Fw: Katrina fuels global warming storm
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Katrina fuels global warming storm
Fri Sep 9, 2005 1:42 PM BST
By Alister Doyle, Environment Correspondent
OSLO (Reuters) - Hurricane Katrina has spurred debate about global
warming worldwide with some environmentalists sniping at President
George W. Bush for pulling out of the main U.N. plan for braking
Experts agree it is impossible to say any one storm is caused by
rising temperatures. Numbers of tropical cyclones like hurricanes
worldwide are stable at about 90 a year although recent U.S. research
shows they may be becoming more intense.
Still, the European Commission, the World Bank, some
environmentalists, Australia's Greens and even Sweden's king said the
disaster, feared to have killed thousands of people in the United
States, could be a portent of worse to come.
"As climate change is happening, we know that the frequency of these
disasters will increase as well as the scope," European Commission
spokeswoman Barbara Helfferich said.
"If we let climate change continue like it is continuing, we will
have to deal with disasters like that," she said. She said it was
wrong to say Katrina was caused by global warming widely blamed on
emissions from cars, power plants and factories.
Sweden's King Carl XVI Gustaf told reporters he was deeply shaken by
the damage and suffering of millions of people.
"It is quite clear that the world's climate is changing and we should
take note," he said. "The hurricane catastrophe in the United States
should be a wake-up call for all of us."
Climate change policies sharply divide Bush from most of his allies
which have signed up for caps on emissions of greenhouse gases under
the U.N.'s Kyoto protocol. Bush pulled out of Kyoto in 2001, saying
it was too expensive and wrongly excluded developing nations from a
first round of caps to 2012.
In July this year, Bush launched a six-nation plan to combat climate
change with Australia, China, India, Japan and South Korea focused on
a shift to cleaner energy technology. Unlike Kyoto, it stops short of
setting caps on emissions.
SEA LEVEL RISE
U.N. studies say a build-up of greenhouse gases is likely to cause
more storms, floods and desertification and could raise sea levels by
up to a meter by 2100.
Sea level rise could expose coasts vulnerable to storms because
levees would be swamped more easily. Some scientists dispute the
forecasts and the United States is investing more heavily than any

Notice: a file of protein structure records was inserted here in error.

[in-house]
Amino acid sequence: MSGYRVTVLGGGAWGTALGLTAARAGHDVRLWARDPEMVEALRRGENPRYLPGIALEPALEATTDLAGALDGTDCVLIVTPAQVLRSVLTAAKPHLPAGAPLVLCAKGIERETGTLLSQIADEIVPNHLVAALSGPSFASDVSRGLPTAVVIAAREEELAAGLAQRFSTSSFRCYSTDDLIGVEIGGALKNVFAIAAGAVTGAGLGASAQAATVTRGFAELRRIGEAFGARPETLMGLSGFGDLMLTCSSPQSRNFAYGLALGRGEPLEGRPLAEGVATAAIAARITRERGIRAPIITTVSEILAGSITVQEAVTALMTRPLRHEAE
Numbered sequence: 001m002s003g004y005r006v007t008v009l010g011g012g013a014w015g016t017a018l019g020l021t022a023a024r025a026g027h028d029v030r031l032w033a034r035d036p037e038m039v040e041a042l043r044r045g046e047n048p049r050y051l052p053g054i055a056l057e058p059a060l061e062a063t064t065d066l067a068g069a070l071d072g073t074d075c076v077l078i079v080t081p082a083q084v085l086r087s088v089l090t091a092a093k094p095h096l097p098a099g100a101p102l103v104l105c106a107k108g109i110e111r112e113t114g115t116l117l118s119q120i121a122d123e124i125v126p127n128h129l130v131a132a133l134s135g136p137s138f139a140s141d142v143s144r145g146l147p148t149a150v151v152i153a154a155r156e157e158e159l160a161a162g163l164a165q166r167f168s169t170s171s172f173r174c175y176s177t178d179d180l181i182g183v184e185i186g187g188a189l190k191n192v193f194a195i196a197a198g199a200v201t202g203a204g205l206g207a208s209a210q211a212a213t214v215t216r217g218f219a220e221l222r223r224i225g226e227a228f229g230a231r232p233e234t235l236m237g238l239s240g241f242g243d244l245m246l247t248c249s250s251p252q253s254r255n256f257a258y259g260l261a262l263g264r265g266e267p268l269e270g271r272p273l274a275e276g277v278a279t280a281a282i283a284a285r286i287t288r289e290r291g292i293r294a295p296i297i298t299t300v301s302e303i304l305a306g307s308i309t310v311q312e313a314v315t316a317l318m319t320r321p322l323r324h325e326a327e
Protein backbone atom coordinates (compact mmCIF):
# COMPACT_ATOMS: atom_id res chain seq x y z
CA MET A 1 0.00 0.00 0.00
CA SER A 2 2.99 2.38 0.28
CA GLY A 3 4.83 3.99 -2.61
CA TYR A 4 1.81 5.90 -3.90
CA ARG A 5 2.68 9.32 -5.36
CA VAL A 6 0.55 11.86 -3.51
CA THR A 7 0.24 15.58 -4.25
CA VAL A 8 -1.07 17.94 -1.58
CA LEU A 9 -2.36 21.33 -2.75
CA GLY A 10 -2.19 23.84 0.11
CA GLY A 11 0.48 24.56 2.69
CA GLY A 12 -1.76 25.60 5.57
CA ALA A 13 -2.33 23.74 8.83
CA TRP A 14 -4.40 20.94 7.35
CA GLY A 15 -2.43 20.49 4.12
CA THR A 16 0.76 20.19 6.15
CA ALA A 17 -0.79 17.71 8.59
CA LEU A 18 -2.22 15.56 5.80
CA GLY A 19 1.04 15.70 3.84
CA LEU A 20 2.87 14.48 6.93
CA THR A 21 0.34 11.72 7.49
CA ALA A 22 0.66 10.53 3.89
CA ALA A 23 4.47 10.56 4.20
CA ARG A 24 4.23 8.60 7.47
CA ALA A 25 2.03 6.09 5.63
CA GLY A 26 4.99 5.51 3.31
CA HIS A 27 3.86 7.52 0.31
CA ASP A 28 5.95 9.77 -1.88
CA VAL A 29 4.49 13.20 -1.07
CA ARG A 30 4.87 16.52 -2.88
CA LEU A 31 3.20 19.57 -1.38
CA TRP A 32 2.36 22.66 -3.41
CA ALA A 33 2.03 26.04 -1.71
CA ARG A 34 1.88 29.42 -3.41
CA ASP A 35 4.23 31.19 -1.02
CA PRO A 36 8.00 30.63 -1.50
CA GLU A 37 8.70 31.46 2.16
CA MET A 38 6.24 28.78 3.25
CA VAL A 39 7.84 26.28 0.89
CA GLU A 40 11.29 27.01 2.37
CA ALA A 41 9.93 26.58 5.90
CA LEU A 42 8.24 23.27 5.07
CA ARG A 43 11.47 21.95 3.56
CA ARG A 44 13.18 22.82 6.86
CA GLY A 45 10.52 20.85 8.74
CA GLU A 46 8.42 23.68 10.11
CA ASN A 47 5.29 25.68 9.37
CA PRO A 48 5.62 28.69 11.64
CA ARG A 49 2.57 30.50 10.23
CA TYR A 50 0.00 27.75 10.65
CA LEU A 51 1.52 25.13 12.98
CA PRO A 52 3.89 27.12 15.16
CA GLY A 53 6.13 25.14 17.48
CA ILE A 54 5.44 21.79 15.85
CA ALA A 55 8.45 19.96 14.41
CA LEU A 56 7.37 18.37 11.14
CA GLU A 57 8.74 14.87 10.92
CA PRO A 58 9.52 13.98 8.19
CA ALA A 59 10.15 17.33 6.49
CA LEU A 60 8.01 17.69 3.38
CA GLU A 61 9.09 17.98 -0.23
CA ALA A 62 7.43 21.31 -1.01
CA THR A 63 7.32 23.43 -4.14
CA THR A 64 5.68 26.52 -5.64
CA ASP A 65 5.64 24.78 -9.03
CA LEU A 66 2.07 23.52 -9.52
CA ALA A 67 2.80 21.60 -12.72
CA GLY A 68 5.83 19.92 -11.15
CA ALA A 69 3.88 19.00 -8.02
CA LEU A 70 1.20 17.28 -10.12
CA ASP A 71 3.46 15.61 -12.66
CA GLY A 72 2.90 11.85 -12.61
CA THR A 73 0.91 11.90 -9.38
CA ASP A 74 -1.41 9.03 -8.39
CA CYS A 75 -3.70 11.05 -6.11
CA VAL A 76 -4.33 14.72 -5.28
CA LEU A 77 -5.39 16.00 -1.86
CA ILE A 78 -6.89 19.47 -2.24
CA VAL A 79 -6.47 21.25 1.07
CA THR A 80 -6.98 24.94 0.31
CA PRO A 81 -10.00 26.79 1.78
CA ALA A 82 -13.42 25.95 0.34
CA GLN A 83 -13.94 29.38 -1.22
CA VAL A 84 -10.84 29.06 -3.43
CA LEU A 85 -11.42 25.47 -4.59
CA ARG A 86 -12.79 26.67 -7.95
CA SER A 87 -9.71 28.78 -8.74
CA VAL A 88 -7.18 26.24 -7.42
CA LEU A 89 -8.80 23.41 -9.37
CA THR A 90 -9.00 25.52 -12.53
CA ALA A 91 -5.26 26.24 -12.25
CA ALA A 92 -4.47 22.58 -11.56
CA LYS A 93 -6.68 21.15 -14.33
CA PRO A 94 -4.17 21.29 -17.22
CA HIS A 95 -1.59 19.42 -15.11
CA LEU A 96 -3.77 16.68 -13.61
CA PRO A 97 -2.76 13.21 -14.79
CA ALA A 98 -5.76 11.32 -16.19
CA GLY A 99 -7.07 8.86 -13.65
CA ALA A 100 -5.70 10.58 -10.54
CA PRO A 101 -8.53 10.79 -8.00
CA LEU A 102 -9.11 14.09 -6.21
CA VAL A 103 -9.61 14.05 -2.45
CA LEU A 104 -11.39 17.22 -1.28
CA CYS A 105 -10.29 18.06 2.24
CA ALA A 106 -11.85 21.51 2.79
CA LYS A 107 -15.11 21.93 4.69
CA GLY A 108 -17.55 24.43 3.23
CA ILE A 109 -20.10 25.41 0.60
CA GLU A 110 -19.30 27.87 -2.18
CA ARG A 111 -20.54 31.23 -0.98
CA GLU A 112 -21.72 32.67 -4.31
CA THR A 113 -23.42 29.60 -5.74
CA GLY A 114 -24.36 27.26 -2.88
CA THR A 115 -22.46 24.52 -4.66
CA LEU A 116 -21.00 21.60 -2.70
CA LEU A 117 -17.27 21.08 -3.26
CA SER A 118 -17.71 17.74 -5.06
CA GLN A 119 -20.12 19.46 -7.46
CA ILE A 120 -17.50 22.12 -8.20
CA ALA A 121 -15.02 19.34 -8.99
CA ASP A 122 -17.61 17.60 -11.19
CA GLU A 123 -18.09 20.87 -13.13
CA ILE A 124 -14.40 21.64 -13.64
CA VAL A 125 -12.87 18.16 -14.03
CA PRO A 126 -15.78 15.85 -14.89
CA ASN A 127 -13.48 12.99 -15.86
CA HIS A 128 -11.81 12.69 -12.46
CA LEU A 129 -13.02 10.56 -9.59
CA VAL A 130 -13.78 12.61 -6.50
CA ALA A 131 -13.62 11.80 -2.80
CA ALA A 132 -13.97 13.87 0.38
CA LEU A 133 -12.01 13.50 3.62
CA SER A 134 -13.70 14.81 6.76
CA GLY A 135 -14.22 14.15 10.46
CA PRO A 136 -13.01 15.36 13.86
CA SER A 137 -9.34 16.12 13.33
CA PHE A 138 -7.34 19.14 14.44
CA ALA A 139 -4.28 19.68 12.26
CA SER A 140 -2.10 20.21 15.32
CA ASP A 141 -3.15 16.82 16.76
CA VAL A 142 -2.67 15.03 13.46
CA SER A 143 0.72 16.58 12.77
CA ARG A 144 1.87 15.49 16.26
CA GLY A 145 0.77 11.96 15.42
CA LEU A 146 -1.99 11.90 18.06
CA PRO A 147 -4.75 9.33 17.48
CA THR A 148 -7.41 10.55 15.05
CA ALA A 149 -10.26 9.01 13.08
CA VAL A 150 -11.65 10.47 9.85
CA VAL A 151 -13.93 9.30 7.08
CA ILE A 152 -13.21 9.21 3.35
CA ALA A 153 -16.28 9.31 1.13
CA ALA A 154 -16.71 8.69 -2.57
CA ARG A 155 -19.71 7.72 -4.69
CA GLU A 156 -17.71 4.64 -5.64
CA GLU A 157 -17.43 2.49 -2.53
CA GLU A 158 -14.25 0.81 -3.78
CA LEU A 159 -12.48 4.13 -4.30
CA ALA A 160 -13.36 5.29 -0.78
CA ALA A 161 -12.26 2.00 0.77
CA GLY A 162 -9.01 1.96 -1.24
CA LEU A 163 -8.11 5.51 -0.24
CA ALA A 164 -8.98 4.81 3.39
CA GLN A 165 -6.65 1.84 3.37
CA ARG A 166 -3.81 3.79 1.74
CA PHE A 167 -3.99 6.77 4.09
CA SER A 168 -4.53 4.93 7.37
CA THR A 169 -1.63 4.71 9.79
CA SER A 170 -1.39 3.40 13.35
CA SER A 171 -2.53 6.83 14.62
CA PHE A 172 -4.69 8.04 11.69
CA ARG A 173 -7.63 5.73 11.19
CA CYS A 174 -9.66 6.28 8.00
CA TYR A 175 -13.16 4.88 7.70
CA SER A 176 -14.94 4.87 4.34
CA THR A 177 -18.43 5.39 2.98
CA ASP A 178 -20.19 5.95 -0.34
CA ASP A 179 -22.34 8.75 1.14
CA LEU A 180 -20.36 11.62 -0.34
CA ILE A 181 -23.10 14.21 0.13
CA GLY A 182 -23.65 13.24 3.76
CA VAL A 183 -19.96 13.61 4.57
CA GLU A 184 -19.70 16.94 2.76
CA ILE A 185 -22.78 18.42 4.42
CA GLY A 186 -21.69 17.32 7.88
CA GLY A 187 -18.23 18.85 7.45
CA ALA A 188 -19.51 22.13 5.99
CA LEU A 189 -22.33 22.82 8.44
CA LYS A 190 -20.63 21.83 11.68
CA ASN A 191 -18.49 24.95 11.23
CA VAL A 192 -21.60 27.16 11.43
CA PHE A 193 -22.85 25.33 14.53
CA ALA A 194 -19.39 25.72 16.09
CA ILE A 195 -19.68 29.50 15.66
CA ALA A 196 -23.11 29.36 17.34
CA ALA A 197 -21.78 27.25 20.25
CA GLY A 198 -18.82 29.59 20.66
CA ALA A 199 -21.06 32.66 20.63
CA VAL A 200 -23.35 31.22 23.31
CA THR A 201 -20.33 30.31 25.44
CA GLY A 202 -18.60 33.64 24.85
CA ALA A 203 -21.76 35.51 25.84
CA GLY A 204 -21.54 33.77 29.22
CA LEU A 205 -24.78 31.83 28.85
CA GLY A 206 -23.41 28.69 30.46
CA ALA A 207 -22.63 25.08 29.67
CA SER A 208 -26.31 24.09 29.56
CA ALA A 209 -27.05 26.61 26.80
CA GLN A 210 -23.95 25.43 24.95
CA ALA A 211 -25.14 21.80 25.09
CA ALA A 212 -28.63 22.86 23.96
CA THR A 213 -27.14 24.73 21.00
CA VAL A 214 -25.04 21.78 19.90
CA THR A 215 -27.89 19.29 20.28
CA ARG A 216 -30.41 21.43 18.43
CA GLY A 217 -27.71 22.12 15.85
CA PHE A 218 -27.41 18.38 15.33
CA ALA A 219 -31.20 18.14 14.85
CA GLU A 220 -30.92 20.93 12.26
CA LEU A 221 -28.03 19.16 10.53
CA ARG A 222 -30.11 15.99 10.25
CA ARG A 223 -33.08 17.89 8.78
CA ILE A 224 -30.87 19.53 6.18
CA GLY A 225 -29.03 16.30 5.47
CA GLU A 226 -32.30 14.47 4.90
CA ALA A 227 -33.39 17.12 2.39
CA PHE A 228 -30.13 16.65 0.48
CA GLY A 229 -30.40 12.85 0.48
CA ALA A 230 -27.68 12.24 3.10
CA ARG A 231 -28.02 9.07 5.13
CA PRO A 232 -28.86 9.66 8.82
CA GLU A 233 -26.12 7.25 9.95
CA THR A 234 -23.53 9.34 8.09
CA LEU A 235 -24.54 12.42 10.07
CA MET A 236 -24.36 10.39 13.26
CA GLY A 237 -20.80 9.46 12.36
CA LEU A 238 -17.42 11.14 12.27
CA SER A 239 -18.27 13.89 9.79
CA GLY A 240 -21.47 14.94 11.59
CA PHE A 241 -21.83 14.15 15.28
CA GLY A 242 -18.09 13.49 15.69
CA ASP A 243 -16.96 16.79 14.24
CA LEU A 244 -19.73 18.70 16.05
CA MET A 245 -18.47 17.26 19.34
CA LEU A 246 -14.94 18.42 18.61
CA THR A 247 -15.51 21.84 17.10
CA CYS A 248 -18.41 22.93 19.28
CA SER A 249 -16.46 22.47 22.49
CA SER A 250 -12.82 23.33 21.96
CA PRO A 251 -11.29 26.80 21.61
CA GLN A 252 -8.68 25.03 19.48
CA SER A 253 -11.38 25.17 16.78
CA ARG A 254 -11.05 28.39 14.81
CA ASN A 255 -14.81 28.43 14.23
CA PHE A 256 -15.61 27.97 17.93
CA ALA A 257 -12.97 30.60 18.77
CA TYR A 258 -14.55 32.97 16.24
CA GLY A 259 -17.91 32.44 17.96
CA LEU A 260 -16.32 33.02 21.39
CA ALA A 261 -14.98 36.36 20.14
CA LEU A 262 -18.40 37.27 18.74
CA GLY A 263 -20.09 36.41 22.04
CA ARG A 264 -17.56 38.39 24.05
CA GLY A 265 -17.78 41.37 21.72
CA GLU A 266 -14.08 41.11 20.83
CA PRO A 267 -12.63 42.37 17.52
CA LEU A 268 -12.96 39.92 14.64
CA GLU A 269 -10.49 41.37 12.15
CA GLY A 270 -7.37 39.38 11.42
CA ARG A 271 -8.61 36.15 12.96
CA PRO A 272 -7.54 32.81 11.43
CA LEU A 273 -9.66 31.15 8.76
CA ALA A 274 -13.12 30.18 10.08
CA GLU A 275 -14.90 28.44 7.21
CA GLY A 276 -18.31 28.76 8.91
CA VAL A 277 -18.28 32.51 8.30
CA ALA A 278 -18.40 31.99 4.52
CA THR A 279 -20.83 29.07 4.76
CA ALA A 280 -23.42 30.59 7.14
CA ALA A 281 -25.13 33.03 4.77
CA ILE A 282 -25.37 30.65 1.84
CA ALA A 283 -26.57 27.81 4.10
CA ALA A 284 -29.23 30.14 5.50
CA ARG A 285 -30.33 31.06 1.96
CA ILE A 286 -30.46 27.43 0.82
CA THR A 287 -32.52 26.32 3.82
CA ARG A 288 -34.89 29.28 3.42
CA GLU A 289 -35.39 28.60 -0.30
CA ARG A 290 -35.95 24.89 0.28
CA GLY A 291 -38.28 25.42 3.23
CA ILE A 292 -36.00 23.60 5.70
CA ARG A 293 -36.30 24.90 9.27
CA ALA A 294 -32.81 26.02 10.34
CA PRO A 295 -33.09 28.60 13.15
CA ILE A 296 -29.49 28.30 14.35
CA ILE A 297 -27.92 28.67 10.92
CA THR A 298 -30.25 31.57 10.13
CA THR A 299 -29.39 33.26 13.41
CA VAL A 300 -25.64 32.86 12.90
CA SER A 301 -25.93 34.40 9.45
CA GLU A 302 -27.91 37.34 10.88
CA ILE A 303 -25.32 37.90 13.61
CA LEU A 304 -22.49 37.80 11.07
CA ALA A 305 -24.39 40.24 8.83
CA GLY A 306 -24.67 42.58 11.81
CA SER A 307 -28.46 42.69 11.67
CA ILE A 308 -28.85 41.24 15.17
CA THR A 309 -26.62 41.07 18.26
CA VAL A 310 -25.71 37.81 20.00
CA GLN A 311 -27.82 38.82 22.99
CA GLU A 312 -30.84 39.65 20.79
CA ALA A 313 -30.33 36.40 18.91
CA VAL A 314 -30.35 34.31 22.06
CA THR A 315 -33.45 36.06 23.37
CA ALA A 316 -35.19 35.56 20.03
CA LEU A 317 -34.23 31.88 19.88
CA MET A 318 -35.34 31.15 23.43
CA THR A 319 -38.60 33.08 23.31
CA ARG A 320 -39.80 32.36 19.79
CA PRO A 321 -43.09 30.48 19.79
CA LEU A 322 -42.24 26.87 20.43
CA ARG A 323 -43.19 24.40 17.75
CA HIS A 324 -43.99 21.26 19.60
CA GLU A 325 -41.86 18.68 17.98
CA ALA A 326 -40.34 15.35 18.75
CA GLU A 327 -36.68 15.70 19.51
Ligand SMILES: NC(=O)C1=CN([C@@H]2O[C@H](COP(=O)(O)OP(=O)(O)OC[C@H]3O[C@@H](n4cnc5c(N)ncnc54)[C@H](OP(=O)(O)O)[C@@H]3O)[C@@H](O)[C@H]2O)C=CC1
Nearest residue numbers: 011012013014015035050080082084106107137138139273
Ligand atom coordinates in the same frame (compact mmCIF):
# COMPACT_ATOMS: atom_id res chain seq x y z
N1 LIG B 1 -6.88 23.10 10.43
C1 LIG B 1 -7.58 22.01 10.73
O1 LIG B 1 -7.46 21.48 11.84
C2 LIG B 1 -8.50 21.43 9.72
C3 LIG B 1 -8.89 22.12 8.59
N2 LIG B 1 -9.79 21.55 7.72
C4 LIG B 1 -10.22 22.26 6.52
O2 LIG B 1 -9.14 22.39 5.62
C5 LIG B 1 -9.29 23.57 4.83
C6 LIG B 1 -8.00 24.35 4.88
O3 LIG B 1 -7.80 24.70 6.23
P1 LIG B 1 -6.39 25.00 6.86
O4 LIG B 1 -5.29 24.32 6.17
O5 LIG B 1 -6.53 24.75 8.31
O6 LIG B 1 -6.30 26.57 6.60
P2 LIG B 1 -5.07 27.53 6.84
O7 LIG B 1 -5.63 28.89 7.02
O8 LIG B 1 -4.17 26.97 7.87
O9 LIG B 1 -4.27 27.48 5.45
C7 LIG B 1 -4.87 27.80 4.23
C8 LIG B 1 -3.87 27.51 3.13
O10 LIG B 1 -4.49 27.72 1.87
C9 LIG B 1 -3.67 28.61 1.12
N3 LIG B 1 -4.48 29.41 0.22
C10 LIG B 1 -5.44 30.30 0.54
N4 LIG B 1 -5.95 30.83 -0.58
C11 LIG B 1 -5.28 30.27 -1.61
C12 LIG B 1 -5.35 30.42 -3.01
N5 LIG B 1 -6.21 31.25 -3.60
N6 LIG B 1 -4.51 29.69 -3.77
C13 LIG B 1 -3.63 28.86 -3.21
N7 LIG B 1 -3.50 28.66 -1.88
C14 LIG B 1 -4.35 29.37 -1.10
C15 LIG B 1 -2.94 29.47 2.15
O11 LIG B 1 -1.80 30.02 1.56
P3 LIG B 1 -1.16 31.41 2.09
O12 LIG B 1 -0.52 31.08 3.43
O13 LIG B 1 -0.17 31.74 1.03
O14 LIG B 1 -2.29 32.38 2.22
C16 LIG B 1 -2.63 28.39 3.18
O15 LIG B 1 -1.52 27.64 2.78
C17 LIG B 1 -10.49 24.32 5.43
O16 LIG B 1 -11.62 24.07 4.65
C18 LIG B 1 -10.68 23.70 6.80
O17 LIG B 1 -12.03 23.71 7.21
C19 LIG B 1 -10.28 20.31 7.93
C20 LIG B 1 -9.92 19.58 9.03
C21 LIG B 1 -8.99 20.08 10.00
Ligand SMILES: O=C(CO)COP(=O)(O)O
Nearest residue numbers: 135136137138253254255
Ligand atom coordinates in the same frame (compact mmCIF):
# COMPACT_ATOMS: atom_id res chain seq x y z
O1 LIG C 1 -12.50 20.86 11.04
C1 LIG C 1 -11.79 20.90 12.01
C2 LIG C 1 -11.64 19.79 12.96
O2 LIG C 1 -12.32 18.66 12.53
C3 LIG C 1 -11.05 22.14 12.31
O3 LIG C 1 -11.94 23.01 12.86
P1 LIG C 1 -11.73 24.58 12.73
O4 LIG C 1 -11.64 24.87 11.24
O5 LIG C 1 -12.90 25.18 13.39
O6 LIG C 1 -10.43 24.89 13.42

other nation on climate research.
In Australia, the opposition Greens party said Katrina was aggravated
by global warming and criticized Bush for pulling out of Kyoto. The
United States, the world's biggest polluter, and Australia are the
only rich nations outside Kyoto.
"It demonstrates the massive economic, as well as environmental and
social penalties, of George Bush's policies," Greens leader Bob Brown
told Reuters. He did not believe Bush would shift to embrace Kyoto-
style caps on emissions.
Concerns were also voiced in Germany.
"The U.S. must be more involved," Gerda Hasselfeldt, a leading German
candidate to become environment minister if the conservative
opposition wins the September 18 election, told n-tv television.
In the United States, the focus has been far more on tackling the
human disaster than on links to climate change.
"People are still reeling from the tragedy," said Katie Mandes, a
director at the Washington-based Pew Center, a climate change think-
tank. "Politically it's too early to tell what it will mean for
Ian Johnson, the World Bank's top environmental official, said
Katrina could also be a wake-up call for developing nations, many of
which are vulnerable.
An opinion survey published this week showed that 79 percent of
Americans feel global warming poses an "important" or "very
important" threat to their country in the next 10 years. Worries
among Europeans were even higher.
Taken before Katrina in June, the Transatlantic Trends survey showed
that Americans felt more threatened than Europeans by terrorism,
Islamic extremism, weapons of mass destruction and economic downturn.
Some individual climatic disasters in the past have changed
perceptions about climate change. Steve Sawyer, climate change
director at Greenpeace, said that ice storms in Canada in the late
1990s had dramatically raised public concerns.
Greenpeace called Katrina a "wake-up call about the dangers of
continued global fossil fuel dependency."
Recent research by Kerry Emanuel, a leading U.S. hurricane
researcher, shows the intensity of hurricanes -- the wind speeds and
the duration -- seems to have risen by about 70 percent in the past
"Globally a new signal may be emerging in rising intensity," said Tom
Knutson, a research meteorologist at the U.S. National Oceanic and
Atmospheric Administration. Higher water temperatures in future may
lead to more storms. Hurricanes need temperatures of about 26.5 C
(80F) to form.
(Additional reporting by Michael Perry in Sydney, Elaine Lies in
Tokyo, Jeff Mason and Paul Taylor in Brussels, Iain Rogers in Berlin,
Timothy Gardner in New York)